AIRBNB HOSTS DEFY LOCKDOWN LAWS WITH ‘COVID-19 RETREATS’
Airbnb hosts advertising properties as coronavirus hideouts are “dangerous and irresponsible”, the government says. Owners have listed homes as being “Covid-19 retreats” and “perfect for isolating with family” in the British countryside. New coronavirus laws say holiday accommodation should be provided only to keyworkers needing to self-isolate. But some listings on the site allow instant booking of rentals without any vetting, BBC News discovered.
The properties advertised as places to self-isolate include an “idyllic cottage”, a houseboat and even a castle. Only one Airbnb host contacted by BBC News said their rental was available solely to keyworkers. But others complained the lockdown had disrupted their business. In response to the BBC News’s findings, Tourism Minister, Nigel Huddleston said: “Our advice is clear”.
“Essential travel does not include holidays, leisure travel and visits to second homes – and people must remain in their primary residence. “It is incredibly irresponsible, and dangerous for some property owners to be marketing themselves as ‘isolation retreats’. “We are writing to companies today to remind them of their responsibilities at this time.” Individuals and businesses could face fines of up to £960 for breaking these rules, the government added.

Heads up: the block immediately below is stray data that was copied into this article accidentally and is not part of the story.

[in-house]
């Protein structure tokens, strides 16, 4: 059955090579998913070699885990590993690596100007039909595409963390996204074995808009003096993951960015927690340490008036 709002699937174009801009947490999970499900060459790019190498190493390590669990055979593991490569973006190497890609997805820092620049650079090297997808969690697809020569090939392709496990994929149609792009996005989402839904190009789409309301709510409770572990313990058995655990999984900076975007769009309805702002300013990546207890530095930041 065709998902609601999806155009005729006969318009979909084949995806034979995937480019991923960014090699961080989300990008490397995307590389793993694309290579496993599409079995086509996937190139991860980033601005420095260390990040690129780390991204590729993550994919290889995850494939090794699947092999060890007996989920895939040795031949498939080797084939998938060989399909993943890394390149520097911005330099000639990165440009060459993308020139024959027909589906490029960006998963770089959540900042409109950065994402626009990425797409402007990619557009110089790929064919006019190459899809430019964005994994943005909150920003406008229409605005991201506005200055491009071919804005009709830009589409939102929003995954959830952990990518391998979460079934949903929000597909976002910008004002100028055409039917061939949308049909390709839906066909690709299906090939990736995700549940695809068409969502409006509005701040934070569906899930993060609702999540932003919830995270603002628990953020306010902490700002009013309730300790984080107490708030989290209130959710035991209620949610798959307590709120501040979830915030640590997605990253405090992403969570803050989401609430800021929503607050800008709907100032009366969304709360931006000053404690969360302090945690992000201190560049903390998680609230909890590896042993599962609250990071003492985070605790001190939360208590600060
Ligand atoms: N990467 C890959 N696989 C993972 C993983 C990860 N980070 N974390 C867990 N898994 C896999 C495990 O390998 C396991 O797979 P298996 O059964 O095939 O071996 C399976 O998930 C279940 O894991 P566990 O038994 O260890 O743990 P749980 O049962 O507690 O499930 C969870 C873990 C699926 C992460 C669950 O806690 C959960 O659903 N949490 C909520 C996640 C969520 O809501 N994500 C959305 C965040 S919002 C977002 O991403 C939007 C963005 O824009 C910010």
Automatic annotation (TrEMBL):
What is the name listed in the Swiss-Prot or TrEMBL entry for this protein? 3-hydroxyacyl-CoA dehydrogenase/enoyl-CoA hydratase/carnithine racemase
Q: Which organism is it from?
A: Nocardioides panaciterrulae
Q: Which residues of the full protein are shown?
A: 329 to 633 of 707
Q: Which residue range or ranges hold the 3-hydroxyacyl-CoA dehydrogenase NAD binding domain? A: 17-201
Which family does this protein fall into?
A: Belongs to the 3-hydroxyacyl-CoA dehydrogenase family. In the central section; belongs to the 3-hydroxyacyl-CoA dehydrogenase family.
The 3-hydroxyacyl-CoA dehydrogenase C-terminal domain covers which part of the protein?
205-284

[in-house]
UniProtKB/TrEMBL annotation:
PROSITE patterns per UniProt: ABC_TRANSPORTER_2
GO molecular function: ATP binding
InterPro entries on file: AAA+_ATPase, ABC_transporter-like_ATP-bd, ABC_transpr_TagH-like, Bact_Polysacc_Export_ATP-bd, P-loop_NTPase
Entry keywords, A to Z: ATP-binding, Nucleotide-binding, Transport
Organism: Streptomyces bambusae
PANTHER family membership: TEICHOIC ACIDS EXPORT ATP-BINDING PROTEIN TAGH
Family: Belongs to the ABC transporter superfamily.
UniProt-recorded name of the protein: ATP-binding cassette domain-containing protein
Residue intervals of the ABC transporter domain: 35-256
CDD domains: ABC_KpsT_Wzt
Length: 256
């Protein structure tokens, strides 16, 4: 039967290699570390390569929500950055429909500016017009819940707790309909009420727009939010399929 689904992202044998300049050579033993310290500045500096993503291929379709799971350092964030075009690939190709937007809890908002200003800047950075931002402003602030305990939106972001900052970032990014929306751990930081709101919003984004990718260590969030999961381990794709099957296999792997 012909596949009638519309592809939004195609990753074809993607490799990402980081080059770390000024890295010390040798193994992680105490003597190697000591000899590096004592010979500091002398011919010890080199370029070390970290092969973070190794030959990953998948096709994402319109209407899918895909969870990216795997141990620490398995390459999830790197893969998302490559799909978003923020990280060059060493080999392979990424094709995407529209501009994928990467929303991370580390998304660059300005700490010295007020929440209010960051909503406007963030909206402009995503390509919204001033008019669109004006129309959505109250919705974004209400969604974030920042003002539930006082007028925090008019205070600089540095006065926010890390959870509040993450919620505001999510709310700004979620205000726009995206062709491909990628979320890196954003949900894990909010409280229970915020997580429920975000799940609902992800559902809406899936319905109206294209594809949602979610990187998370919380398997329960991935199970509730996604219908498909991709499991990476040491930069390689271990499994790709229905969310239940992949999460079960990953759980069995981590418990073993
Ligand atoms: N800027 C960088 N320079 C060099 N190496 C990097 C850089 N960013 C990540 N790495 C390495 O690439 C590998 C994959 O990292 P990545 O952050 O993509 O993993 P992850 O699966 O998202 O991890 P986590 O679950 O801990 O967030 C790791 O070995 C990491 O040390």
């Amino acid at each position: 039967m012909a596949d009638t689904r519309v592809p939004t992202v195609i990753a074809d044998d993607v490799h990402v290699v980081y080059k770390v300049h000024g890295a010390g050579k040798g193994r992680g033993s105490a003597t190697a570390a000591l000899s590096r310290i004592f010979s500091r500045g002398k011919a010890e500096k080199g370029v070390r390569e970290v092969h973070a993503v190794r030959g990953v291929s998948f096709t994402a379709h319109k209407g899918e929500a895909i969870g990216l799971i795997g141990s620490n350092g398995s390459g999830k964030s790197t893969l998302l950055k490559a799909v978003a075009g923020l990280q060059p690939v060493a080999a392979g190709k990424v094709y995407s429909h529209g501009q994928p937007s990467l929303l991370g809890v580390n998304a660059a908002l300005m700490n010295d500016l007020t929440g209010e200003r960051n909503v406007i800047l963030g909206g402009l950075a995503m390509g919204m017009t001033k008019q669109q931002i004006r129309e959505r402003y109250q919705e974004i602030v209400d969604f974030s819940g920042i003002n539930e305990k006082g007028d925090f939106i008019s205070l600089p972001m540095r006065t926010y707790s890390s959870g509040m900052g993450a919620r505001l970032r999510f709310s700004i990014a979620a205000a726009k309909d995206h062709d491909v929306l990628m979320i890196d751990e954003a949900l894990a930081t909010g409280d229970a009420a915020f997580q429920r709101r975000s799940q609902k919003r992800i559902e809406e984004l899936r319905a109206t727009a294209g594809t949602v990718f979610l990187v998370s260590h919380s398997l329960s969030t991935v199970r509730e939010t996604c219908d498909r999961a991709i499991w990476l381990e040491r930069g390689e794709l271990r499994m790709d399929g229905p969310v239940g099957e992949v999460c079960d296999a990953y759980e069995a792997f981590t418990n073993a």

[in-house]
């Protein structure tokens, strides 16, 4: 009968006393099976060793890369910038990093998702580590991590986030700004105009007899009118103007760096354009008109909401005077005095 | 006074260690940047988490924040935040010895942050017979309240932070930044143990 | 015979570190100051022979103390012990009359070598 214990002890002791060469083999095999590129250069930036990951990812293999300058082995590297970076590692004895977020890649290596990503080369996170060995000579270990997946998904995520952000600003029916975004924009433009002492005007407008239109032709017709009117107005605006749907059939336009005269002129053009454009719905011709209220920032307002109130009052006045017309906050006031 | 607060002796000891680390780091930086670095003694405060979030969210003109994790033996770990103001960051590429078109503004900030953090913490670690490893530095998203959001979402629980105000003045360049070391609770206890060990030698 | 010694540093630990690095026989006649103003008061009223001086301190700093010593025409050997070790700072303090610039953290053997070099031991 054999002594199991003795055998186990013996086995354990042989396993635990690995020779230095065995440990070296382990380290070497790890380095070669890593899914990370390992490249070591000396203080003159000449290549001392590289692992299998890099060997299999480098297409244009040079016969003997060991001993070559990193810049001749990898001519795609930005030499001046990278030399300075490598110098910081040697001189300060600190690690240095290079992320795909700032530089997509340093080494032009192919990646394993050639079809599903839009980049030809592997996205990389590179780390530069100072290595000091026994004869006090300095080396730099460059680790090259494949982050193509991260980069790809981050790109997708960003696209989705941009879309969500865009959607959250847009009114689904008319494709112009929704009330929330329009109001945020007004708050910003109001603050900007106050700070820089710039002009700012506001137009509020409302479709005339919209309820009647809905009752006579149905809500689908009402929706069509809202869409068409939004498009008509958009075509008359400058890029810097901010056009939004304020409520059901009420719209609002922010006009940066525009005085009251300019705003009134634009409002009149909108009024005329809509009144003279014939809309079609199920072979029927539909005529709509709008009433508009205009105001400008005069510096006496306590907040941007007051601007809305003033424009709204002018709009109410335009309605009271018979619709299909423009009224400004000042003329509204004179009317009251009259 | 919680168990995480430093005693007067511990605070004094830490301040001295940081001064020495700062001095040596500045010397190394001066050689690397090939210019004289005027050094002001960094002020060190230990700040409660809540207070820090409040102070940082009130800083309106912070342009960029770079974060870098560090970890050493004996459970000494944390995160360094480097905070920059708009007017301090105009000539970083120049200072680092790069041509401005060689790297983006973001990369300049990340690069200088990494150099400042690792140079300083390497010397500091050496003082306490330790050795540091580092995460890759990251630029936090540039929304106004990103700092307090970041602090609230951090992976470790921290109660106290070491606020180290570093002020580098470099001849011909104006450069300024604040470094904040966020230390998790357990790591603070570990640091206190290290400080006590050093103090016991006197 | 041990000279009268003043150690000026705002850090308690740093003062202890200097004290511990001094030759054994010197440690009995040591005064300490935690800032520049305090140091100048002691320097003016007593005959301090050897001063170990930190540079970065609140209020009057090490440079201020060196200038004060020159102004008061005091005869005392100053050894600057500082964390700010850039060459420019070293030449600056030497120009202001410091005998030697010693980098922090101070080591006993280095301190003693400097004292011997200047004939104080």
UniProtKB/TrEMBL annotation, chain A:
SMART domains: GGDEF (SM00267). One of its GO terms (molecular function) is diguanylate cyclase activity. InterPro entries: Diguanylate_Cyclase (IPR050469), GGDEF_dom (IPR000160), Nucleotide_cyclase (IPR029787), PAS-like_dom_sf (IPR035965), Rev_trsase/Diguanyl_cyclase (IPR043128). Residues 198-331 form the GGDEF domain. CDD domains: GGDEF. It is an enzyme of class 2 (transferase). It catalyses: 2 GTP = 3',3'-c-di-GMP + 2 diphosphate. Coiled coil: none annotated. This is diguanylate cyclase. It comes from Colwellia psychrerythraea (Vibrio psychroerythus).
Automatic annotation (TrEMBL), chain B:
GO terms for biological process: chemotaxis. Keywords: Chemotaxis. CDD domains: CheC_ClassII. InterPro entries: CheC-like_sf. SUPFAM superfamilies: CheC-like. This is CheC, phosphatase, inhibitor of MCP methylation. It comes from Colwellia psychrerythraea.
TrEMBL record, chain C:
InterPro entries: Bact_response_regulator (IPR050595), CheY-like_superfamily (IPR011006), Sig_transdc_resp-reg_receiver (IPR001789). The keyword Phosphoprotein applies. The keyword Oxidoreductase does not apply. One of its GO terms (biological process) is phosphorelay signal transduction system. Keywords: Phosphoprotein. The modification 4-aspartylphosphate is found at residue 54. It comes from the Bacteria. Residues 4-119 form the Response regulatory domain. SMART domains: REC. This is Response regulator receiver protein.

After being contacted by the BBC, Airbnb disabled its “instant book” function for whole properties. “We want hosts and guests to follow the rules and we have no tolerance for listings that ignore health or travel advisories,” an Airbnb spokesperson said. “The government has set out clear guidance on the limited conditions under which necessary travel is permitted and we have taken a number of steps to support these measures. “Hosts in the UK are also opening their homes to NHS and other healthcare providers as part of a global initiative that has seen more than 100,000 places to stay made available so far.”
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Last month, Airbnb announced a worldwide extension to its “extenuating circumstances” policy, stating all guests booked for check-ins between 14 March and 31 May would be eligible for full-refund cancellations. In a message on its website, the company acknowledged the decision to offer guests a refund had caused hardship for many hosts and it would pay £200m to help cover the cost of these cancellations. But one Airbnb host told BBC News they had received no clear instructions from the platform to say they were not allowed to take reservations.